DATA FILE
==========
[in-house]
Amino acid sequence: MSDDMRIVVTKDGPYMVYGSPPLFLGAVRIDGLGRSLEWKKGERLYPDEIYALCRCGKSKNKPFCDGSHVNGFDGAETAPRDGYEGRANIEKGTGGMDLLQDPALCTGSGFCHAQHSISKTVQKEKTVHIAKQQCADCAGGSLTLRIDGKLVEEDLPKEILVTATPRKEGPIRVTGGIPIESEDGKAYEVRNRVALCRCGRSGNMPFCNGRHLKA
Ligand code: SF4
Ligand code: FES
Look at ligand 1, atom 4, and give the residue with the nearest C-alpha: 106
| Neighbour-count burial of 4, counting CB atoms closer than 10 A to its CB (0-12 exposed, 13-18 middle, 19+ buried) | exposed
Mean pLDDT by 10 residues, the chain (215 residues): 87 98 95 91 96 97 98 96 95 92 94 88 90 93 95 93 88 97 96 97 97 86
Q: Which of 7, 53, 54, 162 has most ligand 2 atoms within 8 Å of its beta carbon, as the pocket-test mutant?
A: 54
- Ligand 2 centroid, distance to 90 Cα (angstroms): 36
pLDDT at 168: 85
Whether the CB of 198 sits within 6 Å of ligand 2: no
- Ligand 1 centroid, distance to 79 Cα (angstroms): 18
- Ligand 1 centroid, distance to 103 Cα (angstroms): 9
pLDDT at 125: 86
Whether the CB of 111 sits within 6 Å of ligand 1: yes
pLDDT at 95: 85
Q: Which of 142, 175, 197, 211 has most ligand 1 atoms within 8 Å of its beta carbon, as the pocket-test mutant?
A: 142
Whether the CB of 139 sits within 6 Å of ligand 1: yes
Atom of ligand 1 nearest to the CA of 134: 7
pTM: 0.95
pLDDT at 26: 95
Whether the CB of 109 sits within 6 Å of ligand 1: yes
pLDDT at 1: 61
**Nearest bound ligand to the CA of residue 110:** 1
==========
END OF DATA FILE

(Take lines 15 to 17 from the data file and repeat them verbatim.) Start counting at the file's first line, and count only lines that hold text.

pLDDT at 125: 86
Whether the CB of 111 sits within 6 Å of ligand 1: yes
pLDDT at 95: 85